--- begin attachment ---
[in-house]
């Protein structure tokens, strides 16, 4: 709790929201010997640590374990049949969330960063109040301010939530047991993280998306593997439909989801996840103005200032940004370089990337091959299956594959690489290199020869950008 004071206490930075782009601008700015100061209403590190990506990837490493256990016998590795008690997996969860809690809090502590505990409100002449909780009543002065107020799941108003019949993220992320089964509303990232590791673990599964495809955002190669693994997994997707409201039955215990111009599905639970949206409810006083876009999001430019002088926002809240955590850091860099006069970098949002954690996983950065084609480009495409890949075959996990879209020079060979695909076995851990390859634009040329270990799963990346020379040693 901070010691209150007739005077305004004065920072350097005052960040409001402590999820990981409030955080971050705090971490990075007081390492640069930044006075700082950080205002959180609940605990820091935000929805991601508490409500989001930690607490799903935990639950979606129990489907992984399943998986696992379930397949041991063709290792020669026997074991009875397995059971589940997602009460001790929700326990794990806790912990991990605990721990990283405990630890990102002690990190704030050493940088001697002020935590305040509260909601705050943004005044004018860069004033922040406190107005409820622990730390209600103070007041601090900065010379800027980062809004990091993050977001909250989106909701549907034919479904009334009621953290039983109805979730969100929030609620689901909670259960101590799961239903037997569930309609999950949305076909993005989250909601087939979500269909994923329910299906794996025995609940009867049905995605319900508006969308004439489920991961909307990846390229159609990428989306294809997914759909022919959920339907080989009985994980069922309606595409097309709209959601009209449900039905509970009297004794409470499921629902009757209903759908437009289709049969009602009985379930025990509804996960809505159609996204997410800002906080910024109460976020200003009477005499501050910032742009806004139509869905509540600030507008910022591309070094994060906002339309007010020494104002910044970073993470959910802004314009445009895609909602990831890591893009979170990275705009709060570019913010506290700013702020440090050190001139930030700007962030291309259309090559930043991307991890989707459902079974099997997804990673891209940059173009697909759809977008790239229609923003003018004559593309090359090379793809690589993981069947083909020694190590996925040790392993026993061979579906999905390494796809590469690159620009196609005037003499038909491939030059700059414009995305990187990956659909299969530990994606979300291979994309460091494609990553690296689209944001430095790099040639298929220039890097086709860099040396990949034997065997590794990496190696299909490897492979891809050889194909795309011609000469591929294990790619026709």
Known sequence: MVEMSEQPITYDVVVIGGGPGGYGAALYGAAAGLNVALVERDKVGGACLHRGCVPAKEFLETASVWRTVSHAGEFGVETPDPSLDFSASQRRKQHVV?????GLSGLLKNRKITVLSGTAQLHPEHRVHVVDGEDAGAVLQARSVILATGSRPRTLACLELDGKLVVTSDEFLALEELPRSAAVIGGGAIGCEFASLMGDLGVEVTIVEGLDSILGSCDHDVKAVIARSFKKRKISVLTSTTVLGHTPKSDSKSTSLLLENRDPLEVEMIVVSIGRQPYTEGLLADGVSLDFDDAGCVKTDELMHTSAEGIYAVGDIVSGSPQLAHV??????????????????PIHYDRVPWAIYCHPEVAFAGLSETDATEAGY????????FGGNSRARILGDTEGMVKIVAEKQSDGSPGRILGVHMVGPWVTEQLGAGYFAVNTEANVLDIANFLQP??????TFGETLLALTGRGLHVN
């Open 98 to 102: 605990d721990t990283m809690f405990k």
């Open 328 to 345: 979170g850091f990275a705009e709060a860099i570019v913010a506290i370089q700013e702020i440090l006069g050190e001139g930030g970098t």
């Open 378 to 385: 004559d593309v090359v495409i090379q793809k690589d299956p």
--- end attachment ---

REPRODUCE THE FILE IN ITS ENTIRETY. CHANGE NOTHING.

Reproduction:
[in-house]
């Protein structure tokens, strides 16, 4: 709790929201010997640590374990049949969330960063109040301010939530047991993280998306593997439909989801996840103005200032940004370089990337091959299956594959690489290199020869950008 004071206490930075782009601008700015100061209403590190990506990837490493256990016998590795008690997996969860809690809090502590505990409100002449909780009543002065107020799941108003019949993220992320089964509303990232590791673990599964495809955002190669693994997994997707409201039955215990111009599905639970949206409810006083876009999001430019002088926002809240955590850091860099006069970098949002954690996983950065084609480009495409890949075959996990879209020079060979695909076995851990390859634009040329270990799963990346020379040693 901070010691209150007739005077305004004065920072350097005052960040409001402590999820990981409030955080971050705090971490990075007081390492640069930044006075700082950080205002959180609940605990820091935000929805991601508490409500989001930690607490799903935990639950979606129990489907992984399943998986696992379930397949041991063709290792020669026997074991009875397995059971589940997602009460001790929700326990794990806790912990991990605990721990990283405990630890990102002690990190704030050493940088001697002020935590305040509260909601705050943004005044004018860069004033922040406190107005409820622990730390209600103070007041601090900065010379800027980062809004990091993050977001909250989106909701549907034919479904009334009621953290039983109805979730969100929030609620689901909670259960101590799961239903037997569930309609999950949305076909993005989250909601087939979500269909994923329910299906794996025995609940009867049905995605319900508006969308004439489920991961909307990846390229159609990428989306294809997914759909022919959920339907080989009985994980069922309606595409097309709209959601009209449900039905509970009297004794409470499921629902009757209903759908437009289709049969009602009985379930025990509804996960809505159609996204997410800002906080910024109460976020200003009477005499501050910032742009806004139509869905509540600030507008910022591309070094994060906002339309007010020494104002910044970073993470959910802004314009445009895609909602990831890591893009979170990275705009709060570019913010506290700013702020440090050190001139930030700007962030291309259309090559930043991307991890989707459902079974099997997804990673891209940059173009697909759809977008790239229609923003003018004559593309090359090379793809690589993981069947083909020694190590996925040790392993026993061979579906999905390494796809590469690159620009196609005037003499038909491939030059700059414009995305990187990956659909299969530990994606979300291979994309460091494609990553690296689209944001430095790099040639298929220039890097086709860099040396990949034997065997590794990496190696299909490897492979891809050889194909795309011609000469591929294990790619026709």
Known sequence: MVEMSEQPITYDVVVIGGGPGGYGAALYGAAAGLNVALVERDKVGGACLHRGCVPAKEFLETASVWRTVSHAGEFGVETPDPSLDFSASQRRKQHVV?????GLSGLLKNRKITVLSGTAQLHPEHRVHVVDGEDAGAVLQARSVILATGSRPRTLACLELDGKLVVTSDEFLALEELPRSAAVIGGGAIGCEFASLMGDLGVEVTIVEGLDSILGSCDHDVKAVIARSFKKRKISVLTSTTVLGHTPKSDSKSTSLLLENRDPLEVEMIVVSIGRQPYTEGLLADGVSLDFDDAGCVKTDELMHTSAEGIYAVGDIVSGSPQLAHV??????????????????PIHYDRVPWAIYCHPEVAFAGLSETDATEAGY????????FGGNSRARILGDTEGMVKIVAEKQSDGSPGRILGVHMVGPWVTEQLGAGYFAVNTEANVLDIANFLQP??????TFGETLLALTGRGLHVN
């Open 98 to 102: 605990d721990t990283m809690f405990k």
């Open 328 to 345: 979170g850091f990275a705009e709060a860099i570019v913010a506290i370089q700013e702020i440090l006069g050190e001139g930030g970098t």
């Open 378 to 385: 004559d593309v090359v495409i090379q793809k690589d299956p």